Our unique approach in tackling this problem uses state-of-art artificial intelligence and machine learning with advanced medicinal chemistry expertise to map chemical space for a given biological target, identifying underexplored regions and populating them with novel 3-dimensional and complex molecules. In doing so, we enable the precise design of potential drug candidates with increased selectivity and improved drug-like properties.

Our Director of Technology, Dr David Vidal said: “At PharmEnable, we believe that the molecular entities that will unlock these challenging targets will be found in the yet to be explored regions of chemical space. With our partnership with Sosei Heptares, we have the opportunity to apply our hybrid human/AI-based platform to explore new areas of chemical space for this challenging GPCR target.”

A powerful combination

The partnership between Sosei Heptares and PharmEnable is highly complementary. PharmEnable brings the power of combining AI-enabled drug discovery with human expertise to deliver innovative small molecule drugs against challenging biological targets. Sosei Heptares has extensive knowledge around the GPCR target, as well as technologies and skills that can elucidate the structure of challenging GPCRs. By working together and combining our strengths we believe we can be more efficient at identifying new candidate drugs against this challenging target and provide much needed therapeutic benefit to patients.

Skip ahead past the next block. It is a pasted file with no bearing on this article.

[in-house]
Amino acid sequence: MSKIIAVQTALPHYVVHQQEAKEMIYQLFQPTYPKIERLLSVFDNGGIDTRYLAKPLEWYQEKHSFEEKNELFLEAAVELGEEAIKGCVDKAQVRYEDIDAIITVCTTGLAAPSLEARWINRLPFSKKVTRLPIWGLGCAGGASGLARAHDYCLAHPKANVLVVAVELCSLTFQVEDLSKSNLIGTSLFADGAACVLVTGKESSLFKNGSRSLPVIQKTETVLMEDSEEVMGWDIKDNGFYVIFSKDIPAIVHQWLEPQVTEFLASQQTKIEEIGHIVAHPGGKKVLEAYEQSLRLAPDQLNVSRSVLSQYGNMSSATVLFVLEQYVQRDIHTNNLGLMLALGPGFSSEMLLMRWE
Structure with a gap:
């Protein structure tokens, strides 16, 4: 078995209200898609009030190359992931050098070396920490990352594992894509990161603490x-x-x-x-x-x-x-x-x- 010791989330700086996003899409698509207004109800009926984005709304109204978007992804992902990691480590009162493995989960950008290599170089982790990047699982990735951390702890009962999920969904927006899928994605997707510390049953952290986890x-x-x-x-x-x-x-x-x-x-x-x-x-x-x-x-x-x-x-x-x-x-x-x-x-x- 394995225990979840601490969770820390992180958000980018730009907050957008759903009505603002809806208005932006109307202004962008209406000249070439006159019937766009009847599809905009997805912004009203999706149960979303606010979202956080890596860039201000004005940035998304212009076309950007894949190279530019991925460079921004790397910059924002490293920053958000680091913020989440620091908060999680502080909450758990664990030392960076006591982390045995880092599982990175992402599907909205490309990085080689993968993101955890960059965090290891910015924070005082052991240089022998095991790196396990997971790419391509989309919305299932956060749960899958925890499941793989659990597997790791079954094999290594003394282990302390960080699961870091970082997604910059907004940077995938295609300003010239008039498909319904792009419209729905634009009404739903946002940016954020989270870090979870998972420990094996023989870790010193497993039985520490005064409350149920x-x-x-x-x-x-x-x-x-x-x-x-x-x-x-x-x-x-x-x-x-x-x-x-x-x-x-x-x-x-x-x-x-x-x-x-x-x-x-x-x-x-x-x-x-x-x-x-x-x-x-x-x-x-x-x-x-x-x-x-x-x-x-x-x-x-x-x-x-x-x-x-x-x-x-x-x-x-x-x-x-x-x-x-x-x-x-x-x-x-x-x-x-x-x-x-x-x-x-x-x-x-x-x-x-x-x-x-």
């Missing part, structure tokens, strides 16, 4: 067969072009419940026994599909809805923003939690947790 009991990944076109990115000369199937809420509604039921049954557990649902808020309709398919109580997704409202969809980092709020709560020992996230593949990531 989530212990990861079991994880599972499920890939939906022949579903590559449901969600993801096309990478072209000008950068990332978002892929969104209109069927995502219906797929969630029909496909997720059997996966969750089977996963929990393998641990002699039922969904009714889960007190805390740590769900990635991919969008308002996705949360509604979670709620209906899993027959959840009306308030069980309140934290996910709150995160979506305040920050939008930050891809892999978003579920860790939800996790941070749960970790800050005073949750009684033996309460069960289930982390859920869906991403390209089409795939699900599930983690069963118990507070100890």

Dr Jelena Aleksic, CBO, concludes: “We are very excited to be working with Sosei Heptares on this target. Together, we are aiming to deliver selective candidate molecules, with desirable neurological drug-like properties, to advance into preclinical studies. The project ultimately has the potential to have a significant impact on patients’ lives.”


  1. https://www.neural.org.uk/wp-content/uploads/2019/07/neuro-numbers-2019.pdf – Accessed 24th May 2021.
  2. O’Loinsigh, E., Bose, A., Handbook of Behavioral Neuroscience, 2019, 29, 259.
  3. https://en.wikipedia.org/wiki/Druggability – Accessed 24th May 2021.
  4. Hauser, A., Attwood, M., Rask-Andersen, M. et al.Trends in GPCR drug discovery: new agents, targets and indications.  Rev. Drug Discov. 2017, 16,829.
  5. Salon, J. A., Lodowski, D. T., Palczewski, K., Pharmacol Rev., 2011, 63, 901.
  6. Thompson, M. D., Percy M. E., Burnham, W. M., Cole D. E. (2008) G Protein-Coupled Receptors Disrupted in Human Genetic Disease. In: Yan Q. (eds) Pharmacogenomics in Drug Discovery and Development. Methods in Molecular Biology™, vol 448.
  7. Arang, N., Gutkind, J. S., FEBS Letters, 2020, 594, 4201.
  8. Azam, S., Haque, M. E., Jakaria, M., Jo, S-H., Kim, I-S., Choi D-K., Cells, 2020, 9, 506.
  9. Kobilka B. K., Biochimica et Biophysica Acta, 2007, 1768, 794.
  10. Rosenbaum, D. M., Rasmussen, S. G. F., Kobilka, B. K., Nature, 2009, 459(7245), 356.
  11. https://www.biopharmadive.com/news/new-drug-cost-research-development-market-jama-study/573381/, dated 3rd March 2020 – Accessed 25th May 2021.